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by Tara Isabel Zambrano

I pass by the church one more time and confess another sin. I yawn and let the sunlight cleanse my mouth. It is almost 9 am and the roads are still wet from last night's storm - I think of the gun in my glove compartment. If its metal would be still warm, if it'd still hold the blueprints of the three lives. A busted deal.

There is a railroad crossing ahead and an old building next to it.  A goods train goes by now and then. Cars of different sizes, shapes linked together, sliding over iron rails, traveling unknown distances. Like the drug lords I killed last night. You never know which one will derail and bring the whole thing down. But once you kill a man, it is difficult to measure the damage you've done. A bullet not only tears through a body, but a world, concentric to yours and the stench of human blood crawls up the beer bottles, the cigarette stubs, over every living body. It is the stink you carry, whether you run, walk, eat or even sleep. But you don't stop. You cannot stop. Like a fast train- its momentum balanced on the slippery tracks, you go past life, no matter how many heavens come tearing down and sink in the belly of the earth.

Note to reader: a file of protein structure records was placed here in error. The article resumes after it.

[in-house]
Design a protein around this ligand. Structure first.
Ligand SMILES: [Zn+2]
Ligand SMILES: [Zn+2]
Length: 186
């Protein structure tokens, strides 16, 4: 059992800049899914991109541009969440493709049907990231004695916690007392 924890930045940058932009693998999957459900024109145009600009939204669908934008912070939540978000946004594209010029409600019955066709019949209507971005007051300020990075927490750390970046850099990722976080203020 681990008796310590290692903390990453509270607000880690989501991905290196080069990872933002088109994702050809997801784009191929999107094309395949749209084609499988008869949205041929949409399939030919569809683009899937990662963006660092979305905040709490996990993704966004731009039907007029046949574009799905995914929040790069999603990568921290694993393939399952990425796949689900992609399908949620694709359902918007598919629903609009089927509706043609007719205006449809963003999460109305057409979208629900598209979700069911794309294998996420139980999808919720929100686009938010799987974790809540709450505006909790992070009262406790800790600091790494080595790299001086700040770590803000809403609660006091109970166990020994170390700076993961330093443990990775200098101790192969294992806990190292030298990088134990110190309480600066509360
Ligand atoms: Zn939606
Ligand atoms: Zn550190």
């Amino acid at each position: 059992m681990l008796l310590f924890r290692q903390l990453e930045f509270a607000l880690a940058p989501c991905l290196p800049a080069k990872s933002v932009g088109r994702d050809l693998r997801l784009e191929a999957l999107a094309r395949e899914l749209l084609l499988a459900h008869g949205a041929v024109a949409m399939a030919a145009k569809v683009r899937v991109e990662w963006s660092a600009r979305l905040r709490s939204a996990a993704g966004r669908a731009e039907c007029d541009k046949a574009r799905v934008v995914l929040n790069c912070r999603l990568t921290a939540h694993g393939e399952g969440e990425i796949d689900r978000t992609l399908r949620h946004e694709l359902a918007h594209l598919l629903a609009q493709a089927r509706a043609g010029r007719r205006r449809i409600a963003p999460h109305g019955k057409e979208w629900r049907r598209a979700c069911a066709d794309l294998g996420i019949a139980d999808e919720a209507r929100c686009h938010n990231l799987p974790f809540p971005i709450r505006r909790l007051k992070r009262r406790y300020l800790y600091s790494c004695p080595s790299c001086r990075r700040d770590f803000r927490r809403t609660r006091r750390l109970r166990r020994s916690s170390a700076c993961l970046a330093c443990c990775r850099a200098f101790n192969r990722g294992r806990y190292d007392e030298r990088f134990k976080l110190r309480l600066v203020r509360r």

There is a shower inside the old building. Although there is always water in my patrol car, I’ll clean myself and watch the blood rinse off my knees and down the drain. Then burn the bodies and the money (since it is marked). When I pass by the church, I’ll thank the Lord and go home and play with my boys. After dinner, type and print my report, and spend the next few days in the precinct- talking to interns, drinking coffee out of Styrofoam mugs in an all-wood room, attend a course on the latest drug laws. And if I am lucky, I’ll find some chocolate covered pretzels in my partner's drawer and imagine that there is a roast waiting for me at home.

And the night will stop being a black hole of confessions. At least for some time.

 

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